How to Record Podcast Audio from Your iPhone or Mac for $150
For a new podcast project, I’ve done a lot of microphone, preamp, and digital recorder research. This guide and review shows you how to record podcasts and audio from your iPhone or Mac with one set of gear, and with the best bang for buck sound quality.
These were my requirements:
- be able to record on the go (iPhone, Zoom, etc.)
- be able to record from my Mac (or PC)
- be able to record an XLR microphone to both of these devices
- keep costs as low as possible
- be able to upgrade different parts of the setup later (e.g. I might want a better mic, to switch to a Zoom, etc.)
I was able to get this done for around $150 US (depending on Amazon prices at the time you order).
I’ll review each bit of podcasting equipment individually below, but here’s where I ended up after a tonne of research:
- iRig Pro—$135 on Amazon for connecting an XLR microphone to iPhone or Mac
- Pyle-Pro PDMIC58—$15 on Amazon, a cheap dynamic microphone
- Recording with Voice Memos on iPhone, QuickTime on Mac (free!)
A quick note: this probably isn’t the cheapest overall way to record your podcast, but this is the best way that I’ve found to be able to record from both iPhone and Mac without having two sets of gear, and where each piece of equipment is upgradeable later on. You might be better served by an iPhone-specific microphone (which I nearly ended up buying) and a USB mic for your computer. If you have a setup that other people might like, let me know on Twitter and I’ll add them to this post.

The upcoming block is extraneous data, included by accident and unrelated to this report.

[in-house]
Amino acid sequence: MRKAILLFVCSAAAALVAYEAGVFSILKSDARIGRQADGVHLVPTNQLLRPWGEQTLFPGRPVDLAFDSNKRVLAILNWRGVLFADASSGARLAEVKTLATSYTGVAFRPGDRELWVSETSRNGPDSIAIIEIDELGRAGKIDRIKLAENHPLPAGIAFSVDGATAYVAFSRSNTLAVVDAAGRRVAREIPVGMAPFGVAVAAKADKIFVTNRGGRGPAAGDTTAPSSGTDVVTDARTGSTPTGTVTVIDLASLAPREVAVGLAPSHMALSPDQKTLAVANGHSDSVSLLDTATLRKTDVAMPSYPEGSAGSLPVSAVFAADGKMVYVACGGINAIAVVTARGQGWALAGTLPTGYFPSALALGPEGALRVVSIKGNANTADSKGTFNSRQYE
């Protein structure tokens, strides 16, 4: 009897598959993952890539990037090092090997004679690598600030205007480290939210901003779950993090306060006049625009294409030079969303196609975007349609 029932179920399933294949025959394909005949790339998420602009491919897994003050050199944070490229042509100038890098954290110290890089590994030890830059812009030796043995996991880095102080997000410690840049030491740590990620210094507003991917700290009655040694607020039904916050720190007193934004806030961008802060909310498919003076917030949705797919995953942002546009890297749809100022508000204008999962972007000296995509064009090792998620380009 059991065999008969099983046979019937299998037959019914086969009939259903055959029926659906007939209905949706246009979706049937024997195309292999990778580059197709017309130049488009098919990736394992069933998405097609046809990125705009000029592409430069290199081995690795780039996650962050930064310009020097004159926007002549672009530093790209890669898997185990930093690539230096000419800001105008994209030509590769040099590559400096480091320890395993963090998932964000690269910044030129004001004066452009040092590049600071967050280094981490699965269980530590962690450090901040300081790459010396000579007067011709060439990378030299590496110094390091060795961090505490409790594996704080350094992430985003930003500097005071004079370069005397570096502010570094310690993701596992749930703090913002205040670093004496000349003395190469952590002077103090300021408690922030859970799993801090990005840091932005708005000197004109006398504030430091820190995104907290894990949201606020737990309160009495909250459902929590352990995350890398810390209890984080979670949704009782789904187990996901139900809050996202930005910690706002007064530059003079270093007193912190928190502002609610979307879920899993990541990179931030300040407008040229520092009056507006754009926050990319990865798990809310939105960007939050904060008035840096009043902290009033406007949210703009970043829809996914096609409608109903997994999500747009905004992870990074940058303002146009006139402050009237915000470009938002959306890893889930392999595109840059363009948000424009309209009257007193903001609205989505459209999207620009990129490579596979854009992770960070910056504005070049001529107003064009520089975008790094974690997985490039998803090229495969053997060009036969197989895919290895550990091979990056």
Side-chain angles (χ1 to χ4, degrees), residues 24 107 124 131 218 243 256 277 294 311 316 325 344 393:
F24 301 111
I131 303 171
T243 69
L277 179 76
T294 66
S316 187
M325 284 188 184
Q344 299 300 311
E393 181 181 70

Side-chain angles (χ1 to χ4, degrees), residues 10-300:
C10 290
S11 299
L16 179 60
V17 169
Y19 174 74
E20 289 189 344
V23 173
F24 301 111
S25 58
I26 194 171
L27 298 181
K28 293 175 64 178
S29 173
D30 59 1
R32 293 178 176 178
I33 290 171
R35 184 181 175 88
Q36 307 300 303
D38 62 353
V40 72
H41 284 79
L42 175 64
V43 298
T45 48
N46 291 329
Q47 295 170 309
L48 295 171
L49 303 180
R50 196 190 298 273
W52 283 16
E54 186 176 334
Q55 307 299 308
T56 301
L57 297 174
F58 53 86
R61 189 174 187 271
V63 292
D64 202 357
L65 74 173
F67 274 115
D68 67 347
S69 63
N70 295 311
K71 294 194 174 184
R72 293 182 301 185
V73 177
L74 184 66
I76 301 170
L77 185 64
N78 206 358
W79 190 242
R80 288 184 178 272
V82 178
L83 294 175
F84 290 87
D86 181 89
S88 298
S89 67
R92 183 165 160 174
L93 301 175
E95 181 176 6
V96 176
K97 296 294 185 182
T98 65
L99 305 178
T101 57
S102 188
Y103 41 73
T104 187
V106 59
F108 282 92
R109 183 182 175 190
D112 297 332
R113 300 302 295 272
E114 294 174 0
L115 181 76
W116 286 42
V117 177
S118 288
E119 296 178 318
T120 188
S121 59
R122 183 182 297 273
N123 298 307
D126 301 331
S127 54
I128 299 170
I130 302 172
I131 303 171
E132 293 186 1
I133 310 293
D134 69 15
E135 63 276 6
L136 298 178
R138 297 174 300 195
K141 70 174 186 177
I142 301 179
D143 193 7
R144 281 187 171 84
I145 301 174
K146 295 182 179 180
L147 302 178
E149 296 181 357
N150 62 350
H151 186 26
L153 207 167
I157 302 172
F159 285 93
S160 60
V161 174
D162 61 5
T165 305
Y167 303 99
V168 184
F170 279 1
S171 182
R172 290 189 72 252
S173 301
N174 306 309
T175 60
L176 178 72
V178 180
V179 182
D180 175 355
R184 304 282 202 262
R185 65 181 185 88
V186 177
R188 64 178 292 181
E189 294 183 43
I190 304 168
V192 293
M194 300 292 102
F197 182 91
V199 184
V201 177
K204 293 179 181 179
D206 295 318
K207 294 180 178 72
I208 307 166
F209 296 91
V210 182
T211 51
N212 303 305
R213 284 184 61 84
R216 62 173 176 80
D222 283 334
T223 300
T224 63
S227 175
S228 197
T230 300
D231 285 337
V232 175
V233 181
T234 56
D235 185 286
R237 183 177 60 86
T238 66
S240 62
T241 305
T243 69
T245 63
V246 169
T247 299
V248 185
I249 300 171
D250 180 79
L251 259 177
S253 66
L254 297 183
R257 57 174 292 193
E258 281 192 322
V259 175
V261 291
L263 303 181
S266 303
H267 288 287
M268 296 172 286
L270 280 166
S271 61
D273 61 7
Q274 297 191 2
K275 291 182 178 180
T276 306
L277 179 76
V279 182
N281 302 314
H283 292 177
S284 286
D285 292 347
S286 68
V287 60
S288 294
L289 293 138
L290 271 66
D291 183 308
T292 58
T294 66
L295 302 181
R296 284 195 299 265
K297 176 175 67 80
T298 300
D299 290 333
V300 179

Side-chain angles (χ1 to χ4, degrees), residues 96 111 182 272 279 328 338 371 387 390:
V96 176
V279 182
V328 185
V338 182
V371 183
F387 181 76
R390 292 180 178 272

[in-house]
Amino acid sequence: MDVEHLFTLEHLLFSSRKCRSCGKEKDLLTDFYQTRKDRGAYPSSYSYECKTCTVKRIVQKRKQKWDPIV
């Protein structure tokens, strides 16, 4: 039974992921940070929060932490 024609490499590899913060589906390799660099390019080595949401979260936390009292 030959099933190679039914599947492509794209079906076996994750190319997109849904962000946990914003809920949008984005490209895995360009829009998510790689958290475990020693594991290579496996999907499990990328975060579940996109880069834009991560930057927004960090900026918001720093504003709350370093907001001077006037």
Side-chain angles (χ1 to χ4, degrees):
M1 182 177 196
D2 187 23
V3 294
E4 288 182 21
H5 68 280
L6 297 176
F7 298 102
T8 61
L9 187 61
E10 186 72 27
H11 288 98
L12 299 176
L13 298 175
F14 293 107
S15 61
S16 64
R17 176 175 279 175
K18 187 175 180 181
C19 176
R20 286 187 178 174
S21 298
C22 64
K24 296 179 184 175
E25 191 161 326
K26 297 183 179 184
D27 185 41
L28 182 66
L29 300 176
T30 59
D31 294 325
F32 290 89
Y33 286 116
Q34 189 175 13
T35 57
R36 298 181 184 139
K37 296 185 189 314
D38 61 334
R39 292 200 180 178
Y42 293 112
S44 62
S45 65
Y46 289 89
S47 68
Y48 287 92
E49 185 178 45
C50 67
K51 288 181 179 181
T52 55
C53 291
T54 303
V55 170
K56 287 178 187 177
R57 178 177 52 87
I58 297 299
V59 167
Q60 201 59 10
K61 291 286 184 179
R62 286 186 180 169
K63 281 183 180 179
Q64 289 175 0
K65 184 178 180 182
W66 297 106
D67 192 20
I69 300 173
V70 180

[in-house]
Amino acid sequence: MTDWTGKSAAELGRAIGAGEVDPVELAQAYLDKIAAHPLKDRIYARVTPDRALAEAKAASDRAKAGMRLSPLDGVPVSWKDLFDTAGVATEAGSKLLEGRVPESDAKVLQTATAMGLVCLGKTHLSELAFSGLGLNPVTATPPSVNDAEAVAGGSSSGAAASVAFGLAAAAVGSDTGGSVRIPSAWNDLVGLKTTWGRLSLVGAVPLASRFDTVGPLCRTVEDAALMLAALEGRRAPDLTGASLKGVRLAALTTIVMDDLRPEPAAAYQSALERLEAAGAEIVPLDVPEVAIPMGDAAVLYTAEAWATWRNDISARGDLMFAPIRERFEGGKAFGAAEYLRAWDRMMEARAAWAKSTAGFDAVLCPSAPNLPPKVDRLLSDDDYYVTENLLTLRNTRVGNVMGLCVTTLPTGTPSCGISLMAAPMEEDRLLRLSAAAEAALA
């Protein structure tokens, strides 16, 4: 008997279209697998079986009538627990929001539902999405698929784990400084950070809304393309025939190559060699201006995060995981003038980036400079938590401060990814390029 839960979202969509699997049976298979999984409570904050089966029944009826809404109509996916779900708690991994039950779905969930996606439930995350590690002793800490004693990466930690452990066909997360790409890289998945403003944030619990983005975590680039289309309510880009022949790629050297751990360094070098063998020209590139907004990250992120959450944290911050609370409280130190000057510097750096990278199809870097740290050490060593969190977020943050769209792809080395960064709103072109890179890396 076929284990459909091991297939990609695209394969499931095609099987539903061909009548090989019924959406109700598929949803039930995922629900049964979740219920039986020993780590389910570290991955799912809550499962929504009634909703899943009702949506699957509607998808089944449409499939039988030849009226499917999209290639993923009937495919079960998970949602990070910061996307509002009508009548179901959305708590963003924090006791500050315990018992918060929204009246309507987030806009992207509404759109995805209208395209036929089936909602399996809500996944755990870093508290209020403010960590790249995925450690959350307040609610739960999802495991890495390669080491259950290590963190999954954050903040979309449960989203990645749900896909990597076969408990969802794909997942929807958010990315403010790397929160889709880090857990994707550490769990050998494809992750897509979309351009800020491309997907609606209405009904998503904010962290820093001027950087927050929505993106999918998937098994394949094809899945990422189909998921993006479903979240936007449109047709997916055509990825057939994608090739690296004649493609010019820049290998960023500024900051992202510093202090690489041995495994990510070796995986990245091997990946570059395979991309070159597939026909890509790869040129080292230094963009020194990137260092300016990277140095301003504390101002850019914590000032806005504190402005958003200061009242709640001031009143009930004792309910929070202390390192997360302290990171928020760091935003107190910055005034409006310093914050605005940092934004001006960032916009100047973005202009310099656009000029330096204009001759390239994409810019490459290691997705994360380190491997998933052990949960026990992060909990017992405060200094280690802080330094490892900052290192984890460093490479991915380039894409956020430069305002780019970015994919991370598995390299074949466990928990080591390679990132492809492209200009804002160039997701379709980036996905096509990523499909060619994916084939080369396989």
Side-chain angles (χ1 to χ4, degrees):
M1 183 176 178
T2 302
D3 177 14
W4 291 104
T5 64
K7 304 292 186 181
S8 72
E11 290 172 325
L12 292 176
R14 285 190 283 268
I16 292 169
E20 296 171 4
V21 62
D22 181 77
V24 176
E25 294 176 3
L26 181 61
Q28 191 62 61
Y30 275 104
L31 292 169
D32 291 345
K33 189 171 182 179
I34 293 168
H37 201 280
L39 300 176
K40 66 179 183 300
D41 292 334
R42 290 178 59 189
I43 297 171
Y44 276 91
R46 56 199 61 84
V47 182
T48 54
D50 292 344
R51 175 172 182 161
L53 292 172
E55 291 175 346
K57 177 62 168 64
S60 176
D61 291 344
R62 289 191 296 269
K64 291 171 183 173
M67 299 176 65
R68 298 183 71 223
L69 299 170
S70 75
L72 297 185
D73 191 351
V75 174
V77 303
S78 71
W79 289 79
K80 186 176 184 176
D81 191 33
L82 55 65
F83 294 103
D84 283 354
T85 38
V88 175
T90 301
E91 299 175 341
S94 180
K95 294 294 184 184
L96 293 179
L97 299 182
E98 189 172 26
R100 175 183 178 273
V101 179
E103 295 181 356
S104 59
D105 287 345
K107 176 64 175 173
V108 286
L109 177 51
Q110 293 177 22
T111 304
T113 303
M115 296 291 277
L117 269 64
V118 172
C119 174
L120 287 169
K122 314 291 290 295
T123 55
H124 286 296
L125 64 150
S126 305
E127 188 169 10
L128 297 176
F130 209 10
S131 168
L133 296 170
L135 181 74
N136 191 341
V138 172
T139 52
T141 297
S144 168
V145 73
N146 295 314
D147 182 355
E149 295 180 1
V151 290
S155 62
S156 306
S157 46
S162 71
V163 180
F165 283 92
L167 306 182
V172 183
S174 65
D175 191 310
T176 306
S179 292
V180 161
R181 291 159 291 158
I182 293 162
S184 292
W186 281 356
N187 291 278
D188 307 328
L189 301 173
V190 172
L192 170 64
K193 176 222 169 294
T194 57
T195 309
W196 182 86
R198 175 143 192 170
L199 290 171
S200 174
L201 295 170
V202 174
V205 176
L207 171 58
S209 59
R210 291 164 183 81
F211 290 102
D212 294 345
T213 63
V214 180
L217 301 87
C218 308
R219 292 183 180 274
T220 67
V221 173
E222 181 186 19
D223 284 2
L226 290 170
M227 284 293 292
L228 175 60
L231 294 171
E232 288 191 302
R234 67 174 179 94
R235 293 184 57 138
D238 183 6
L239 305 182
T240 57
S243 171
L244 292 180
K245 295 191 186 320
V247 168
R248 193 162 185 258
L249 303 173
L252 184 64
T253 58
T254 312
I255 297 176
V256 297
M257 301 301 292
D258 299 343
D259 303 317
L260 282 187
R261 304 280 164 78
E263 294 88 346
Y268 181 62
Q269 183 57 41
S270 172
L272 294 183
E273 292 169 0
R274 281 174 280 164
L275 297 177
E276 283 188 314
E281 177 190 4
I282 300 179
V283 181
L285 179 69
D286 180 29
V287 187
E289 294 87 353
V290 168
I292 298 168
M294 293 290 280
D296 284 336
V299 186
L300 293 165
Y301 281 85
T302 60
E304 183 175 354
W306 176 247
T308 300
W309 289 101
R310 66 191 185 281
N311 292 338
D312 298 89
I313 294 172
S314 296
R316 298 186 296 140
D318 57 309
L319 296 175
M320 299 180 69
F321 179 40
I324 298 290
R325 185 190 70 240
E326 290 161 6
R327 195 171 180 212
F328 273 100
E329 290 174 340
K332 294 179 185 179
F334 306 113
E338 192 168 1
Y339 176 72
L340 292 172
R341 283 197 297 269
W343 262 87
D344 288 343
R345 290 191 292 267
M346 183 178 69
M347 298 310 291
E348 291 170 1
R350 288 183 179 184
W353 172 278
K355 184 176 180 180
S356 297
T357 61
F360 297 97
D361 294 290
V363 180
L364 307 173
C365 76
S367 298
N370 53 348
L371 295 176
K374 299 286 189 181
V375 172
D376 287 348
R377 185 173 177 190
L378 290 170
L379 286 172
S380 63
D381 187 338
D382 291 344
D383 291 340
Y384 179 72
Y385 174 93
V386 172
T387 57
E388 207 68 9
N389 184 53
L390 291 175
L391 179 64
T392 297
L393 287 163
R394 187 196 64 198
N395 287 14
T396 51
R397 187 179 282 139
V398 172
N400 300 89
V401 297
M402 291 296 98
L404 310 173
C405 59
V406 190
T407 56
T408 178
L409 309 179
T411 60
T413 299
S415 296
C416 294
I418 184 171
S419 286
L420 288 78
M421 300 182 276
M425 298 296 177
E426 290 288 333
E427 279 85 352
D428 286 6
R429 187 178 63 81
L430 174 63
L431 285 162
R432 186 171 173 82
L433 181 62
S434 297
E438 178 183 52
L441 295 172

I make Transducer, a Mac app for posting your podcast to Libsyn or SoundCloud. If this guide helps you, please consider giving it a download—there’s a 20-day free trial, and it’s only $5 after that.
Audio sample using the iRig Pro and Pyle PDMIC58
Here is an episode of my podcast that we recorded via Skype using the iRig Pro and Pyle PDMIC58. We were pretty happy with the sound quality considering that each host has very little room treatment. We found that this audio quality was comparable to (if not better than) another episode we recorded using a Rode podcaster microphone.
iRig Pro review for podcasting
The iRig Pro is a really flexible audio interface that lets you connect an XLR microphone to your iPhone or computer for a pretty reasonable cost ($135 on Amazon at time of writing).
Digital recorders, like the Zoom H4n, are the iRig’s main competitor, but those recorders don’t let you record to your phone (and only some of them can be used with computers). They’re also much, much more expensive than the iRig.
- The iRig can be used with both iPhone and Mac. I don’t know many other devices that can do this!
- Works with any XLR microphone (though I wouldn’t put a mic that required a tonne of gain on it)
- The iRig itself is really compact and light—much lighter than I anticipated
- Recording is really simple for both iPhone and Mac. It’s more or less plug and play, with a little bit of software that I’ll go into in its own section
- Audio recordings have good sound quality as long as you don’t turn the iRig’s gain above 3 o’clock (any higher you start to get a lot of noise). Thankfully, I found 3 o’clock a pretty comfortable position for spoken word audio recording. You’ll need to remove noise and increase the levels after the recording, but using Audition I found that this didn’t introduce any extra noise to the recording.